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Rod...from a Chrysler?
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Discussion Starter · #1 ·
I will be ordering 1" shorter axles today.

I have a 1-1/2" round bar and will carve out spacers on the lathe (2.250" and 3.0625") to slip into the pumpkin and axle ends.

Question is does anyone know how many thou clearance they use on the inside holes on the spacers for the round bar clearance?
 

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Rod...from a Chrysler?
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Discussion Starter · #3 ·
Thanks.

Does the bar slide out easy or does it need to be knocked out lightly?

After cooling off of course.
 

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High Performance Rear Ends
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After welding it will be tight. You are going to get a little bit of miss alignment from welding, so the bar will be stuck a little bit, but should come out with little effort. If I can remember I'll check the clearance on my bushings when I get home later.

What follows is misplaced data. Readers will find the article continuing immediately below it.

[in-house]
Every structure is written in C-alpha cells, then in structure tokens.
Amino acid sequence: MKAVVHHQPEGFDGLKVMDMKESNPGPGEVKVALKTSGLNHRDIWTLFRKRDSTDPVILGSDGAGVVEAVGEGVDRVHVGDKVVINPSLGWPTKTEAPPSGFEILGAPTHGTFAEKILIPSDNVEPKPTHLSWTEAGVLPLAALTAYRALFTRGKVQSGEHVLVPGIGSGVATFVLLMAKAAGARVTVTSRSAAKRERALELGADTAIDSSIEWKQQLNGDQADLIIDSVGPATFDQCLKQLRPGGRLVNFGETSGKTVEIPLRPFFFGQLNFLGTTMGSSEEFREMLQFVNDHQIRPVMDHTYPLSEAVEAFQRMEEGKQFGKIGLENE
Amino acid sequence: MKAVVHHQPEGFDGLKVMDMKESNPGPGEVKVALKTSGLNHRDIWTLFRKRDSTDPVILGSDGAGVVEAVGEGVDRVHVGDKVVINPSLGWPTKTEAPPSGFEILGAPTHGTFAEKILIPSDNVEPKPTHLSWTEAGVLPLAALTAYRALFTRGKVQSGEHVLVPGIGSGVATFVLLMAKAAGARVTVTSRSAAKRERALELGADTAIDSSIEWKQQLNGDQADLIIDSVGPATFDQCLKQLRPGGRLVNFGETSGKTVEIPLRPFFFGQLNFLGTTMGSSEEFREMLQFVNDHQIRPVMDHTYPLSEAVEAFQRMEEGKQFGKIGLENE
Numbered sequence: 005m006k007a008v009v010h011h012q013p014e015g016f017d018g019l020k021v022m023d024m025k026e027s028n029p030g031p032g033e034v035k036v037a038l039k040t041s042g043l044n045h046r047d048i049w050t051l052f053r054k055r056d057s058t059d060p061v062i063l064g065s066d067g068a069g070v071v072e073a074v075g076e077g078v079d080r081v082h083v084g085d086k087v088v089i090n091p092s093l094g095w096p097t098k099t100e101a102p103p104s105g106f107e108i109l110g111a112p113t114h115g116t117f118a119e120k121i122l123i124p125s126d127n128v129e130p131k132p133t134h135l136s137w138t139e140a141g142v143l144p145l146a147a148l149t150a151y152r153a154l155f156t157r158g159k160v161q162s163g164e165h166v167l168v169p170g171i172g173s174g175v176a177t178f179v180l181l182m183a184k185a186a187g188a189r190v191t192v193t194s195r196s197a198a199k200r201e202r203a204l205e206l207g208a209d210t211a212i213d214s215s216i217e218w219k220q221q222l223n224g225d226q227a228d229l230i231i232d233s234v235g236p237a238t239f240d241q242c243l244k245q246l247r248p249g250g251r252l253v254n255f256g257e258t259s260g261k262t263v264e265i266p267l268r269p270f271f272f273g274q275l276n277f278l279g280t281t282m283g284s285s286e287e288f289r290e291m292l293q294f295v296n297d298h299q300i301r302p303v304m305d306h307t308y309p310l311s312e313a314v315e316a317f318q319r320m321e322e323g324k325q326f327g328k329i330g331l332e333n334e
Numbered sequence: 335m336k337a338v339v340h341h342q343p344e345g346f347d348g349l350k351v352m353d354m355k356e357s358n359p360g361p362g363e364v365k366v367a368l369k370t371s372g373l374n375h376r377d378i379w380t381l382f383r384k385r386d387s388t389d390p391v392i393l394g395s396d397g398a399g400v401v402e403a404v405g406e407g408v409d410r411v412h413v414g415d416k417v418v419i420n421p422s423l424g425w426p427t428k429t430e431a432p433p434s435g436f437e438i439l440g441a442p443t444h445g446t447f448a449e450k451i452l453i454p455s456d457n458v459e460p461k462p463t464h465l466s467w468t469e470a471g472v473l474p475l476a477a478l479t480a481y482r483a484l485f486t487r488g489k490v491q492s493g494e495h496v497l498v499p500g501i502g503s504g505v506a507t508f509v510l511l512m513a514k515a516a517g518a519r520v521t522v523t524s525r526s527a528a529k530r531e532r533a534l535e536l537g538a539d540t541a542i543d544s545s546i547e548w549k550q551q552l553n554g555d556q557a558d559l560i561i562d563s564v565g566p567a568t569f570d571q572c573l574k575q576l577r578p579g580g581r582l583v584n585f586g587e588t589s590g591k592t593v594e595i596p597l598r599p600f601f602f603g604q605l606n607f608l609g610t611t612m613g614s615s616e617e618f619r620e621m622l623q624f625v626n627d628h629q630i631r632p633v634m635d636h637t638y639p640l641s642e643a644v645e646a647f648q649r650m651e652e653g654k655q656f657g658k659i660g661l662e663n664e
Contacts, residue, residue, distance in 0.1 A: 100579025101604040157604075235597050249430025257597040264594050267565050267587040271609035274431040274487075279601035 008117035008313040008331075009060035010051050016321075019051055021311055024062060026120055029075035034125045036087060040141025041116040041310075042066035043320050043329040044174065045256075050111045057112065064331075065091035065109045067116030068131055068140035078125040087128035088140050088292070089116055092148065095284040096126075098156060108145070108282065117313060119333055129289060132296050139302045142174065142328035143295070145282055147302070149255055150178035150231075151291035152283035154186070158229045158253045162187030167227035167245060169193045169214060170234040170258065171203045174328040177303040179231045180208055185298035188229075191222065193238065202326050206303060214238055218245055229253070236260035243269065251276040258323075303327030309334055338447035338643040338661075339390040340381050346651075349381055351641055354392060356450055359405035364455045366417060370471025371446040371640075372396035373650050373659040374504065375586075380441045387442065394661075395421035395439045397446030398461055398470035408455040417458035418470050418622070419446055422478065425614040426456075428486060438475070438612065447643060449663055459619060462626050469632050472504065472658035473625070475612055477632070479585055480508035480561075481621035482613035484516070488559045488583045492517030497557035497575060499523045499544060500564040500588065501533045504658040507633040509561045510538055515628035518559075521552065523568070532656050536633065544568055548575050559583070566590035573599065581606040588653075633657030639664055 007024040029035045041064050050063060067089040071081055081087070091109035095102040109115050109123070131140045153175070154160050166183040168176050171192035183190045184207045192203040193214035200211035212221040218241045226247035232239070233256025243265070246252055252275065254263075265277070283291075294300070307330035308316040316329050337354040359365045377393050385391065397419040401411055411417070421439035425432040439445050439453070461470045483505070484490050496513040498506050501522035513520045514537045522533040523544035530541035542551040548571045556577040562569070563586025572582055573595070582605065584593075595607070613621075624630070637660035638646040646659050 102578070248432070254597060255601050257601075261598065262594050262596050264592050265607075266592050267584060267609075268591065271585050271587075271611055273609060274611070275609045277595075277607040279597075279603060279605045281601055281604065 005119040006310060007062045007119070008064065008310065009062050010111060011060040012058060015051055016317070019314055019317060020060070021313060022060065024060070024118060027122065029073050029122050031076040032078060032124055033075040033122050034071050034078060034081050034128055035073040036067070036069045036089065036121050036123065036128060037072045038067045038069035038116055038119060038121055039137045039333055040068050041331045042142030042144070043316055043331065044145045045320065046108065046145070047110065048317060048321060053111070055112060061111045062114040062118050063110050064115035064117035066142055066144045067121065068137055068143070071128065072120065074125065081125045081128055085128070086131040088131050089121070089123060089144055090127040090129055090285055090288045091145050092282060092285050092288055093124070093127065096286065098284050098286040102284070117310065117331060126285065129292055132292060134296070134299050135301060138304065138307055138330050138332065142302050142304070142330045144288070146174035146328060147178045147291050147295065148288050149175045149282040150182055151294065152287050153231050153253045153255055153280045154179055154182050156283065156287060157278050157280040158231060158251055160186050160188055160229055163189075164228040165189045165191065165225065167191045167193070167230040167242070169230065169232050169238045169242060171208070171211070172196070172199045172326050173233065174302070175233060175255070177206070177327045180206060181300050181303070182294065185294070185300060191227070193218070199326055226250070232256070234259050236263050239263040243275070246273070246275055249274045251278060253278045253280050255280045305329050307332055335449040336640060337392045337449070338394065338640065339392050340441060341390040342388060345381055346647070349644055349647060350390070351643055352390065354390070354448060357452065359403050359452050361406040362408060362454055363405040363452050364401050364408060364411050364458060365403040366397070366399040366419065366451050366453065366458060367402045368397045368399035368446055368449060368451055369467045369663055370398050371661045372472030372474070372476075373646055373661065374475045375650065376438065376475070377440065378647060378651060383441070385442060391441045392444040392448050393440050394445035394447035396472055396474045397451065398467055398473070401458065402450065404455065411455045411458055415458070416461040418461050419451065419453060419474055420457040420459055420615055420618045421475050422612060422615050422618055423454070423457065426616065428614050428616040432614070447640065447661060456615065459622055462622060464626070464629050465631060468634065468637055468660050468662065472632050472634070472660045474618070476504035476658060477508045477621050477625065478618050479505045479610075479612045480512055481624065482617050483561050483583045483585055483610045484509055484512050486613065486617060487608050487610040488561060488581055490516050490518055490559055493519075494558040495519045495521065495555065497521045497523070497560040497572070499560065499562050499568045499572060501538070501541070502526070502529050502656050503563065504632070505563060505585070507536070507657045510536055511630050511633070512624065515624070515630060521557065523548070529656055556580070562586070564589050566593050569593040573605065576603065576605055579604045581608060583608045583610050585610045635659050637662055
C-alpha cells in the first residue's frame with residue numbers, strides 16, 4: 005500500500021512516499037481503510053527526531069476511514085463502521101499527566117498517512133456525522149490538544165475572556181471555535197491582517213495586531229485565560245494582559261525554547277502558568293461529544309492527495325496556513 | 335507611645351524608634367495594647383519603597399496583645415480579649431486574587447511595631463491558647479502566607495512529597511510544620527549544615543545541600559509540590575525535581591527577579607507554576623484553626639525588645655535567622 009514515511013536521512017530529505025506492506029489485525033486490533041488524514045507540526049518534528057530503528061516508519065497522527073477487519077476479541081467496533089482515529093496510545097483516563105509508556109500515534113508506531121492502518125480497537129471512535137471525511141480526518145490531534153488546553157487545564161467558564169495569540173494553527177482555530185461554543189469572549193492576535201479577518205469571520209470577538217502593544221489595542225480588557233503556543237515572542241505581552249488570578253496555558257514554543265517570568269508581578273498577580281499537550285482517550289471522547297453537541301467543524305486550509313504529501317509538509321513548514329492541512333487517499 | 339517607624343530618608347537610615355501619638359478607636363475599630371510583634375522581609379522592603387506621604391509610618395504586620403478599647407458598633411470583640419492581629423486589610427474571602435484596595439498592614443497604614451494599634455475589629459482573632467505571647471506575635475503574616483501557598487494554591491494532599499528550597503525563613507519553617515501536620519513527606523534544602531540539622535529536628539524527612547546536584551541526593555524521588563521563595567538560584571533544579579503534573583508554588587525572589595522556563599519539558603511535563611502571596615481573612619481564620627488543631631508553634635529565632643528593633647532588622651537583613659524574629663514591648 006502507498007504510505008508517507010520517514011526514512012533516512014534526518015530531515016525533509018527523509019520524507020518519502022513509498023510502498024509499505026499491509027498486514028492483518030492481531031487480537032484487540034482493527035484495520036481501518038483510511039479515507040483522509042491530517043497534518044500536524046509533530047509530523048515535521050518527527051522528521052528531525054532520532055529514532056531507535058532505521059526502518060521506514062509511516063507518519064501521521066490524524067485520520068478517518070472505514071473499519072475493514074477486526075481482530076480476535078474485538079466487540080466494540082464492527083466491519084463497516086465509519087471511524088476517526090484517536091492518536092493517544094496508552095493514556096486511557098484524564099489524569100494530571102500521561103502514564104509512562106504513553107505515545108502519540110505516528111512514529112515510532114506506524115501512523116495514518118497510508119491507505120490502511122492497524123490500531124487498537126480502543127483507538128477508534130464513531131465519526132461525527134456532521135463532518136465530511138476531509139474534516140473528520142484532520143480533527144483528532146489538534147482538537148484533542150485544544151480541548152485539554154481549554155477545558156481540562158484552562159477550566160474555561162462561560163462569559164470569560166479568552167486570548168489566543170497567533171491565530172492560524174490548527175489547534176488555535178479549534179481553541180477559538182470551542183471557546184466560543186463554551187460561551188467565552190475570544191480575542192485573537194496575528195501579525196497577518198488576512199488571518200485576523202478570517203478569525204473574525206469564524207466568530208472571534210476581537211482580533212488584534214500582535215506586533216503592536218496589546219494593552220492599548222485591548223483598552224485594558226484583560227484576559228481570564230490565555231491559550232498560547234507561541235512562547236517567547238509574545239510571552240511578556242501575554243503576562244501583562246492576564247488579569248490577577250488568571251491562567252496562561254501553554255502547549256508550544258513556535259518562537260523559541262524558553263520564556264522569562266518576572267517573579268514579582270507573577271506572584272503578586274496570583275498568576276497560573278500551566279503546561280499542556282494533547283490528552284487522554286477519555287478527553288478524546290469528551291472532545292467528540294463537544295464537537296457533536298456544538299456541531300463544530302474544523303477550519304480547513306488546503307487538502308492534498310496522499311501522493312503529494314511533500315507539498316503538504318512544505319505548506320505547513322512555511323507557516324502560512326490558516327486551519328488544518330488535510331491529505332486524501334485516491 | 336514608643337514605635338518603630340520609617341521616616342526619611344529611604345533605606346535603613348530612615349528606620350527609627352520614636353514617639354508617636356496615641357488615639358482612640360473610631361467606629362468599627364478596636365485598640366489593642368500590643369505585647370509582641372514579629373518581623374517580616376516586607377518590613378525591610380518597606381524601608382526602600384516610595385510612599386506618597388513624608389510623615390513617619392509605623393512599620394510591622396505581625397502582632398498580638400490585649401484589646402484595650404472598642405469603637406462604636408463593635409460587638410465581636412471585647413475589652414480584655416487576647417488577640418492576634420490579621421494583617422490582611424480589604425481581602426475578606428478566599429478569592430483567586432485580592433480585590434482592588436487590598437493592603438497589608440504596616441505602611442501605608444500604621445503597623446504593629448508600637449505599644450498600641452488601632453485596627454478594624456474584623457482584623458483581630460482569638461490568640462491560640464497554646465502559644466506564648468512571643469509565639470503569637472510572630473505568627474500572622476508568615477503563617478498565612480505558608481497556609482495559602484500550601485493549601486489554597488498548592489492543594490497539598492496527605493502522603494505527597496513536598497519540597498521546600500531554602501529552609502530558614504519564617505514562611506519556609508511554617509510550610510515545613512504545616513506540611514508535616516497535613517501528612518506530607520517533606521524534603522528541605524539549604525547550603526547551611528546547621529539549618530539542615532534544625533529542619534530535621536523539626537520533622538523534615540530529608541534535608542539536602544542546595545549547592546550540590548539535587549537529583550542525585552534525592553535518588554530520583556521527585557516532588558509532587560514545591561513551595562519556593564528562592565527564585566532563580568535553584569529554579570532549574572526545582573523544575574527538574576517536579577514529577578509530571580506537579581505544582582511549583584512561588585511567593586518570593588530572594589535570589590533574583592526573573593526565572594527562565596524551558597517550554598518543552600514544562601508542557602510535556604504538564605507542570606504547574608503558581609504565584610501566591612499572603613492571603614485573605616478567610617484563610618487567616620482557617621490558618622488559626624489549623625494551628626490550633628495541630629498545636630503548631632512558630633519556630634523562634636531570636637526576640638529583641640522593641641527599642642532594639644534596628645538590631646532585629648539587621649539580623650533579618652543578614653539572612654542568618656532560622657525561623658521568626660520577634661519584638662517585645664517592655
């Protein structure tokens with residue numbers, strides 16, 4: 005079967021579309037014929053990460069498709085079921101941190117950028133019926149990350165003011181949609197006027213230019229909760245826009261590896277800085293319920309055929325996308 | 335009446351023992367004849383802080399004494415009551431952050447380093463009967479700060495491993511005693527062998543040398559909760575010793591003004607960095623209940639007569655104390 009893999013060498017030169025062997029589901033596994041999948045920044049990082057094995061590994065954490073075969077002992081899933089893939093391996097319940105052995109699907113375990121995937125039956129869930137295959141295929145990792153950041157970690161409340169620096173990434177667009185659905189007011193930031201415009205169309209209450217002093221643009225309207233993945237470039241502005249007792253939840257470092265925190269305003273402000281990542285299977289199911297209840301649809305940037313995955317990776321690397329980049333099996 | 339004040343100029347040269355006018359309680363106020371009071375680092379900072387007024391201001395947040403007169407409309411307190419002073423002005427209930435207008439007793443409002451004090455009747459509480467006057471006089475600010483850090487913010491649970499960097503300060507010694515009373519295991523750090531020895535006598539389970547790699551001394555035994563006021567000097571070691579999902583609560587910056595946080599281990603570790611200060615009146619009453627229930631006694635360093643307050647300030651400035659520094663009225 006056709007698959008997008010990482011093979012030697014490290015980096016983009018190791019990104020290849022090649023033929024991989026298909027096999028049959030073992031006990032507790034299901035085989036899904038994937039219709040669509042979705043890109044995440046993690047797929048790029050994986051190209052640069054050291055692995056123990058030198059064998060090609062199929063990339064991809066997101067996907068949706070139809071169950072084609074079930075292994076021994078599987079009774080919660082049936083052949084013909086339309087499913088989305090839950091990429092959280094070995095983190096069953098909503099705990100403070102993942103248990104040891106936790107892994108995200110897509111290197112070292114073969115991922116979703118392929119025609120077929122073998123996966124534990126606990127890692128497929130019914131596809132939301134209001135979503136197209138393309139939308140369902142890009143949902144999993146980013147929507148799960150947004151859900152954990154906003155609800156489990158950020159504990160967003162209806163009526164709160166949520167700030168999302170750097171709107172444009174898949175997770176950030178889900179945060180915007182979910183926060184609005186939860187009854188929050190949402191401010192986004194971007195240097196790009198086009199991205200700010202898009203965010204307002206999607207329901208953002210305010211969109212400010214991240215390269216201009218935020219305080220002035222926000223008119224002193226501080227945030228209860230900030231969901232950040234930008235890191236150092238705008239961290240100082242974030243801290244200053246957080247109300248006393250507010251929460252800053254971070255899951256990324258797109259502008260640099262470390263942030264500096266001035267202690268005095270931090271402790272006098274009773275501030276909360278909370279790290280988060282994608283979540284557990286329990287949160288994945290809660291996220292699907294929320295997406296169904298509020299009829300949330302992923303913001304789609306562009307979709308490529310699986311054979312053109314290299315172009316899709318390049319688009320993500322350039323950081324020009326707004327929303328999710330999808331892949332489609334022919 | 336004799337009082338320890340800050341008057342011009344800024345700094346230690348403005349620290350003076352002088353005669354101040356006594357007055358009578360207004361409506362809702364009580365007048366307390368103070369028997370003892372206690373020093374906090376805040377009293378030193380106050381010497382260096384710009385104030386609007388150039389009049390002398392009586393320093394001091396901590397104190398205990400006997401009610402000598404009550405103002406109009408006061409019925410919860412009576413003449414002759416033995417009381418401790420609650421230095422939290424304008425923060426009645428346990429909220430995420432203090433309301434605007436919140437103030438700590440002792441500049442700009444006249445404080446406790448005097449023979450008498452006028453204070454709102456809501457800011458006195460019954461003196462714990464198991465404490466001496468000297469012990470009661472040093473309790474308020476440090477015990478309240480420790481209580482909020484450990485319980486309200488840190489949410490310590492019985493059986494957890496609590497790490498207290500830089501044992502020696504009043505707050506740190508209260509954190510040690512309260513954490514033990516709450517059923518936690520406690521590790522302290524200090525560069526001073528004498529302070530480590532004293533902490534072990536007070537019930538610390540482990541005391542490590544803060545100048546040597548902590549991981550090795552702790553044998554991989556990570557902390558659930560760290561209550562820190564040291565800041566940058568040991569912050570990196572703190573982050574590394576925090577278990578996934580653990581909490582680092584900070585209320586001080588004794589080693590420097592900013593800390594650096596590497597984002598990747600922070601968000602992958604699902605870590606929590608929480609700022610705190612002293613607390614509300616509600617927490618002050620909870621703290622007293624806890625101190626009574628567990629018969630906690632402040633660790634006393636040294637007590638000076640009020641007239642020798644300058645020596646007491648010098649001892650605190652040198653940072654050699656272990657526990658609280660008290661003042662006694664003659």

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Re; Axle narrowing jig, a couple things from the hobbyist-level: Check your round bar for straightness by supporting the ends on something the bar can turn in (wood v-blocks, whatever) and have a dial indicator on the middle. My kit is out by under .005" over 5' and we decided that is acceptable although I would hear out others' input on that either way, I once encountered an off-roaded 9" that was out by a quarter-inch+ and still working fine so pick your tolerance on the jig straightness I guess. On the sleeves, of-course minimal clearance is best but you'll still need to be able to slide the bar in and out, WD-40 helps. Drill and tap a couple holes in the end one (you really only need one) to connect a slide hammer to if you want. The bar and rings will position things but don't count on it holding them there against welding heat stresses, after cooling the housing will just twang into however it's going to be when the jig is pulled out so fit-up is important (don't leave gaps and fill them by welding). When everything is completely cooled down, that's when to use the jig as a checking indicator instead of a positioning device; the ends should slide in and out easily. If they don't, which is not unusual no matter how careful you were, use a press (ideally) or oxy-acet heat on the axle tubes to bring things in which is an art form I'll not address here but just takes patience and common sense. If you're not including a bunch of bracketry and bracing into the project and just doing the ends you'll have an easier time anyhow.